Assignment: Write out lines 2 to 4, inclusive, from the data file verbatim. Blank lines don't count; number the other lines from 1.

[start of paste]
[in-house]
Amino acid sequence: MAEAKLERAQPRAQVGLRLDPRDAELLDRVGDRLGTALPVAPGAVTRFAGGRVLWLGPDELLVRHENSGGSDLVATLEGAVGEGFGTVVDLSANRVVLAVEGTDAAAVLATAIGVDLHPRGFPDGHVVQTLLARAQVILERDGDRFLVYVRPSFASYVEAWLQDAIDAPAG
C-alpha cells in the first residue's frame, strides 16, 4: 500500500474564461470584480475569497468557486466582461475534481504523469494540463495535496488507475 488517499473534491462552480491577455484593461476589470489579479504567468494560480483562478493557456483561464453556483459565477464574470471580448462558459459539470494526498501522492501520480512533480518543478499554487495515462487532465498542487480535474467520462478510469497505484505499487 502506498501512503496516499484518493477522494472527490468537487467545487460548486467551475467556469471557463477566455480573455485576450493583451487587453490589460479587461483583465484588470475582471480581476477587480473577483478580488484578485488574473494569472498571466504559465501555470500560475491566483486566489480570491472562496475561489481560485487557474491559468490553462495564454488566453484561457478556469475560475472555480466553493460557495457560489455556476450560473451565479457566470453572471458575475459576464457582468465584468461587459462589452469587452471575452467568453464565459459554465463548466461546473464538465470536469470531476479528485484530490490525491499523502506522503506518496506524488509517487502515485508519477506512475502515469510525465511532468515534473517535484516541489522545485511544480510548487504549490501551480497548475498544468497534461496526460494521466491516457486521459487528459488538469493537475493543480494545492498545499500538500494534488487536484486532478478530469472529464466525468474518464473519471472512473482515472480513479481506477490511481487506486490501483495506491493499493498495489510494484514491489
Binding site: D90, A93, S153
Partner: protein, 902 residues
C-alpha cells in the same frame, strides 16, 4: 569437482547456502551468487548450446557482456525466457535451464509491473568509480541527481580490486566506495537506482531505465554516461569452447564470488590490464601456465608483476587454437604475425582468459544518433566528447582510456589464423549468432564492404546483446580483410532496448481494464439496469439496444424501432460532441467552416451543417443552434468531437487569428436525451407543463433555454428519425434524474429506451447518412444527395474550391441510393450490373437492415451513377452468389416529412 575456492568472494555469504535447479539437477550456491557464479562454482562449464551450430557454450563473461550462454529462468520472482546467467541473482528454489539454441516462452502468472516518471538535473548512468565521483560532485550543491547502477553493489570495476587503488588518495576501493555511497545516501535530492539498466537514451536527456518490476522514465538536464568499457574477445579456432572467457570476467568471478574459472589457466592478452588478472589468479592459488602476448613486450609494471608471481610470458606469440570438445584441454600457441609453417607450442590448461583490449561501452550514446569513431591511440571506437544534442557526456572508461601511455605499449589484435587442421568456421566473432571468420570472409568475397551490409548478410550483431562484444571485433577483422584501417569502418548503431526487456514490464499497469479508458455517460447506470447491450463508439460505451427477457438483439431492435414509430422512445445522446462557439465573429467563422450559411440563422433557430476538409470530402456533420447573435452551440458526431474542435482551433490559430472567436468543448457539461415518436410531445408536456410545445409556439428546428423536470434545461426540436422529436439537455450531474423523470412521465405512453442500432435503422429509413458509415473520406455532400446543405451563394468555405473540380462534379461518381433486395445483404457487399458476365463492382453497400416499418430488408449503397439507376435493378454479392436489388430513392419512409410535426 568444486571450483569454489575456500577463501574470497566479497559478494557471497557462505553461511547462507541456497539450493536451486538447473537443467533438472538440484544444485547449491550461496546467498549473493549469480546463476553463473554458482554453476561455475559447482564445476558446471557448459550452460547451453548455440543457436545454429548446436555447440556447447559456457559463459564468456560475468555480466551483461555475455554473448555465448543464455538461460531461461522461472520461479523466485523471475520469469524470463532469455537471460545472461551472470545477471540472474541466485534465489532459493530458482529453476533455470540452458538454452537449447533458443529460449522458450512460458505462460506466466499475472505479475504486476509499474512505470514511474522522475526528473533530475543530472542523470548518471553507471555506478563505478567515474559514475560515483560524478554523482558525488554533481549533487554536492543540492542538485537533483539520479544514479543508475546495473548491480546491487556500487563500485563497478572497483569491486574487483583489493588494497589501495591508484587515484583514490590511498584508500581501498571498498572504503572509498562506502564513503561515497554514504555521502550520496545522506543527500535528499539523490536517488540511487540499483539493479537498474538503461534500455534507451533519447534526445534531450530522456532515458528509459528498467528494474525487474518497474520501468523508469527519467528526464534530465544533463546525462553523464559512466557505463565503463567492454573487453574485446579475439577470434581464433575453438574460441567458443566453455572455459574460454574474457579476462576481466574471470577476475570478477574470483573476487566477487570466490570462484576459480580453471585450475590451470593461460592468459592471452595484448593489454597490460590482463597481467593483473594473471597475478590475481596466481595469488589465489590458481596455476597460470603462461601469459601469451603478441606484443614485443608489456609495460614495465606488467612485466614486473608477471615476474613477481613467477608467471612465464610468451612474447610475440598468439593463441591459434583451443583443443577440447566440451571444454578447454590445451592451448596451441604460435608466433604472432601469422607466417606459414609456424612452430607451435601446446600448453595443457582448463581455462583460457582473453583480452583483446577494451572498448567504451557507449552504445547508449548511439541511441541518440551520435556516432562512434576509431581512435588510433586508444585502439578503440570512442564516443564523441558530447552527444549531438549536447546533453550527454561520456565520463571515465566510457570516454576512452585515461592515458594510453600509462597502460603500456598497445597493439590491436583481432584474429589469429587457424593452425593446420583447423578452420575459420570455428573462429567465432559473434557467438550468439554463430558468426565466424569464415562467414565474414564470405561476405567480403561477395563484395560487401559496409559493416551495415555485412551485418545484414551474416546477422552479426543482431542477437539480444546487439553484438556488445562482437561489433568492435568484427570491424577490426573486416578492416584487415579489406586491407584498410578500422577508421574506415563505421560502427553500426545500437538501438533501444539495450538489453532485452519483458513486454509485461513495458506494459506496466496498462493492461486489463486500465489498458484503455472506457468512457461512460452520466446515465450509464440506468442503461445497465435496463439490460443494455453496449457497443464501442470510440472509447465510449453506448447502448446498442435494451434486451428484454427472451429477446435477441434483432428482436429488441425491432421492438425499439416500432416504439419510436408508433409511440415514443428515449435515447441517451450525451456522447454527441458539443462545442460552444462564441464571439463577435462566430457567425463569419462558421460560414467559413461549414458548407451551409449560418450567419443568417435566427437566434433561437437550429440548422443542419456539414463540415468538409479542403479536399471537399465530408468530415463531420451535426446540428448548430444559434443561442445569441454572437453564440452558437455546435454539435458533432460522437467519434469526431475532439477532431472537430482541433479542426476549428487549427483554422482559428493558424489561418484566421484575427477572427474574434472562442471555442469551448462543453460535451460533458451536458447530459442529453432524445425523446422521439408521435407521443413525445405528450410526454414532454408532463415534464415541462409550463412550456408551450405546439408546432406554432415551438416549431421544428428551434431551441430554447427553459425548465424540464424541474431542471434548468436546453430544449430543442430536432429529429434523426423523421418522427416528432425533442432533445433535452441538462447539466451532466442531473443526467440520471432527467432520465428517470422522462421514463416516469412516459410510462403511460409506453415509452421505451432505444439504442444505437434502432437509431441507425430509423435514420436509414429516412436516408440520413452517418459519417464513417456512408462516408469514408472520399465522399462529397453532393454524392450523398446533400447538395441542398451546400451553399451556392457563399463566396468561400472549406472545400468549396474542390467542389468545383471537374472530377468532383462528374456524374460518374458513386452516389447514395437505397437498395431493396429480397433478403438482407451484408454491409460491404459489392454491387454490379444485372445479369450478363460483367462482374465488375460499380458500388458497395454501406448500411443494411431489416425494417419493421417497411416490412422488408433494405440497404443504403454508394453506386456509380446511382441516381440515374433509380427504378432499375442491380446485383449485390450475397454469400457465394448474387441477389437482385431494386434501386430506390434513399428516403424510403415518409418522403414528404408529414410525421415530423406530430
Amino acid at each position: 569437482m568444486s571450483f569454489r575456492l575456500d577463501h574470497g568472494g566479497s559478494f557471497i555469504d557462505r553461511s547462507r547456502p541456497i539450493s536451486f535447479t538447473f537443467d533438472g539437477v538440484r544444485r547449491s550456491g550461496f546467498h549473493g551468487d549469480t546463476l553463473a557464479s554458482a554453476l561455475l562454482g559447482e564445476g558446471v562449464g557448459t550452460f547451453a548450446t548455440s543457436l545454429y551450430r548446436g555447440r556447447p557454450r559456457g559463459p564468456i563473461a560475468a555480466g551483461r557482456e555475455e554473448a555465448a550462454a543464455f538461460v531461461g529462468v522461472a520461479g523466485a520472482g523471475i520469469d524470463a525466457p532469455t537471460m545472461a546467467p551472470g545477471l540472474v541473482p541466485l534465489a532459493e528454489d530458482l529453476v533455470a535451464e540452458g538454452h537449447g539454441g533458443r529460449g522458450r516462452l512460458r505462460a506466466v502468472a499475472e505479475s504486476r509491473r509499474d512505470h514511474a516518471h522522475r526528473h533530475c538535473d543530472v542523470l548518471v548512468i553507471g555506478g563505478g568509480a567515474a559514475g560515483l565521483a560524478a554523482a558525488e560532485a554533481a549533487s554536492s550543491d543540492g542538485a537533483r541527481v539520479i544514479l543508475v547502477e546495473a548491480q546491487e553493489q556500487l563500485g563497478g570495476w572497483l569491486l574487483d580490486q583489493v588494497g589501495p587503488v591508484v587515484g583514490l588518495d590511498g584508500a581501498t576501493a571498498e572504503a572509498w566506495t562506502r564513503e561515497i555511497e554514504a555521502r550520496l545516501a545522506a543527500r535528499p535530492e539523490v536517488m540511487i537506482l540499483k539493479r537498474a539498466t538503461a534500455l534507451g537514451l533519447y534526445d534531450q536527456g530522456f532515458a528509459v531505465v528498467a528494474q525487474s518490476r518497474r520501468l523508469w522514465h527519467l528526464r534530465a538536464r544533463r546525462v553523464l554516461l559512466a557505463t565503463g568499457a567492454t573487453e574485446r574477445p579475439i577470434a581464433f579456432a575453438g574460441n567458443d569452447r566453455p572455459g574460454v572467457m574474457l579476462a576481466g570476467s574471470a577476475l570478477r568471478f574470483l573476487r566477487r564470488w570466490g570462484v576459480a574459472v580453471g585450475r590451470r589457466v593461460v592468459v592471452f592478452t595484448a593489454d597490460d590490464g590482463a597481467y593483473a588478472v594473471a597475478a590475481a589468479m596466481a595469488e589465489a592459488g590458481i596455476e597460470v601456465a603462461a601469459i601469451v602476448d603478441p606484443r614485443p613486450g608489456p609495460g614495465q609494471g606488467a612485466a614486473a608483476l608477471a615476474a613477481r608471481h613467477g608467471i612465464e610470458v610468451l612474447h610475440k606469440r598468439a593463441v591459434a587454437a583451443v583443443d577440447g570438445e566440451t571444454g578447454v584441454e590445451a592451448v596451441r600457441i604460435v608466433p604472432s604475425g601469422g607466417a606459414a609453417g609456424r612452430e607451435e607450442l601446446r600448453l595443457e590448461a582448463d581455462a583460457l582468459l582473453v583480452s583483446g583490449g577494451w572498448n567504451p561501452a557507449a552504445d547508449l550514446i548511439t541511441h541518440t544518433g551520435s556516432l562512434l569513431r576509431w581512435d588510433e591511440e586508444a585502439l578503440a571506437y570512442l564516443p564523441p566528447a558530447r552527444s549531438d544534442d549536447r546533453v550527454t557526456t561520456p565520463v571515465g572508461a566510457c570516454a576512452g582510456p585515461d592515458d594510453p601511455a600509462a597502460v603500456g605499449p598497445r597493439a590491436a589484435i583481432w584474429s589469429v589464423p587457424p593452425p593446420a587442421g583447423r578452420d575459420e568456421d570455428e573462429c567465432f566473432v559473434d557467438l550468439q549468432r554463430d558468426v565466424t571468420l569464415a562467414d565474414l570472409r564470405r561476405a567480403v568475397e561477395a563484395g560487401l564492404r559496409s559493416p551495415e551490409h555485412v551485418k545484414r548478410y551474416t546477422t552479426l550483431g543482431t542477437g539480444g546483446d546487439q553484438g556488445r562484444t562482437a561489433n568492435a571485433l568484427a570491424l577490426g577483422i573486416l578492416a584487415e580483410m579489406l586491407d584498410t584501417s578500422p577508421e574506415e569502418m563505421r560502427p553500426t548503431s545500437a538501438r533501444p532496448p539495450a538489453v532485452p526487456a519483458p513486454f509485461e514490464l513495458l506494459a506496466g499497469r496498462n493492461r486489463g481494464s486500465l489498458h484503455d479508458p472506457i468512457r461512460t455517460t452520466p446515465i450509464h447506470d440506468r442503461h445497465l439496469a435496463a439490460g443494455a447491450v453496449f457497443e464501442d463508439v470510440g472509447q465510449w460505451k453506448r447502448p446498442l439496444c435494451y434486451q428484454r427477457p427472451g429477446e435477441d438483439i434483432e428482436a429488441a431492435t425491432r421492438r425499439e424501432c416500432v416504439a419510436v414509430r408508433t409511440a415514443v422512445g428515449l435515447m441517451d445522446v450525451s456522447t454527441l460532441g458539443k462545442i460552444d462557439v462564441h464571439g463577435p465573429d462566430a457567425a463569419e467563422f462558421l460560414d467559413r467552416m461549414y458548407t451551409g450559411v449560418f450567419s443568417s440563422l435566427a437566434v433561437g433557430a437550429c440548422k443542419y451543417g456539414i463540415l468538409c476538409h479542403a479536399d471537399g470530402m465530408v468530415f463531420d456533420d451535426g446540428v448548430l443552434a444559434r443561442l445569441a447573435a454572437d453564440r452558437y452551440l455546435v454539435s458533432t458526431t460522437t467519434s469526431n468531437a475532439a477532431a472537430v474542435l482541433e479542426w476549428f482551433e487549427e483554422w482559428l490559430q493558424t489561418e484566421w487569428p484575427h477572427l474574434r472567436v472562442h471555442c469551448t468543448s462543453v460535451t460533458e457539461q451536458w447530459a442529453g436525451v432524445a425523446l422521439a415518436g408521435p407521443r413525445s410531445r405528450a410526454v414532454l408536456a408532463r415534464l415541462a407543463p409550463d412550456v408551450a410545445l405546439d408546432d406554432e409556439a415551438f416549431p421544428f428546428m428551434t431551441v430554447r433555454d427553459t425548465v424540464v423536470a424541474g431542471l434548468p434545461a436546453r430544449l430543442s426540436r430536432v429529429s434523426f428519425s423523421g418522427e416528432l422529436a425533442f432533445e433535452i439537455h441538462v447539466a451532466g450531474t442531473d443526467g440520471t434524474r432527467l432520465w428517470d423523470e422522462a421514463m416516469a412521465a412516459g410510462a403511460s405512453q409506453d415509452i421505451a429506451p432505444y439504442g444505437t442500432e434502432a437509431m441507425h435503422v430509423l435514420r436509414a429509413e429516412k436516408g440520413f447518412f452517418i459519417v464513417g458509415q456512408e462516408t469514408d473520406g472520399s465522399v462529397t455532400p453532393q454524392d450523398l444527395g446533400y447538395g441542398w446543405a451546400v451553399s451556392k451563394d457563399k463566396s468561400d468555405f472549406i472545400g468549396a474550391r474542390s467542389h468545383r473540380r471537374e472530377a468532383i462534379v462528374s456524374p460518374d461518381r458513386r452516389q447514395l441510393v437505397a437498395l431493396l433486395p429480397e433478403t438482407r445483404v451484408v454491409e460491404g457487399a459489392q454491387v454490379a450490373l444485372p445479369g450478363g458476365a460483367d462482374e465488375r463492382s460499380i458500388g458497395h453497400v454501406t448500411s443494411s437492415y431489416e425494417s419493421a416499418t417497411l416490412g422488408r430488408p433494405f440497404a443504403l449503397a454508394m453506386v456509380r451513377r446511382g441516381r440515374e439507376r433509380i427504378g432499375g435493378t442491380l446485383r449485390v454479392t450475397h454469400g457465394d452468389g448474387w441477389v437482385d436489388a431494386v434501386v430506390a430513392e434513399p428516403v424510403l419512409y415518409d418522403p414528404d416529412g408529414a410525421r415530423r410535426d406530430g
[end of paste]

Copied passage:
Amino acid sequence: MAEAKLERAQPRAQVGLRLDPRDAELLDRVGDRLGTALPVAPGAVTRFAGGRVLWLGPDELLVRHENSGGSDLVATLEGAVGEGFGTVVDLSANRVVLAVEGTDAAAVLATAIGVDLHPRGFPDGHVVQTLLARAQVILERDGDRFLVYVRPSFASYVEAWLQDAIDAPAG
C-alpha cells in the first residue's frame, strides 16, 4: 500500500474564461470584480475569497468557486466582461475534481504523469494540463495535496488507475 488517499473534491462552480491577455484593461476589470489579479504567468494560480483562478493557456483561464453556483459565477464574470471580448462558459459539470494526498501522492501520480512533480518543478499554487495515462487532465498542487480535474467520462478510469497505484505499487 502506498501512503496516499484518493477522494472527490468537487467545487460548486467551475467556469471557463477566455480573455485576450493583451487587453490589460479587461483583465484588470475582471480581476477587480473577483478580488484578485488574473494569472498571466504559465501555470500560475491566483486566489480570491472562496475561489481560485487557474491559468490553462495564454488566453484561457478556469475560475472555480466553493460557495457560489455556476450560473451565479457566470453572471458575475459576464457582468465584468461587459462589452469587452471575452467568453464565459459554465463548466461546473464538465470536469470531476479528485484530490490525491499523502506522503506518496506524488509517487502515485508519477506512475502515469510525465511532468515534473517535484516541489522545485511544480510548487504549490501551480497548475498544468497534461496526460494521466491516457486521459487528459488538469493537475493543480494545492498545499500538500494534488487536484486532478478530469472529464466525468474518464473519471472512473482515472480513479481506477490511481487506486490501483495506491493499493498495489510494484514491489
Binding site: D90, A93, S153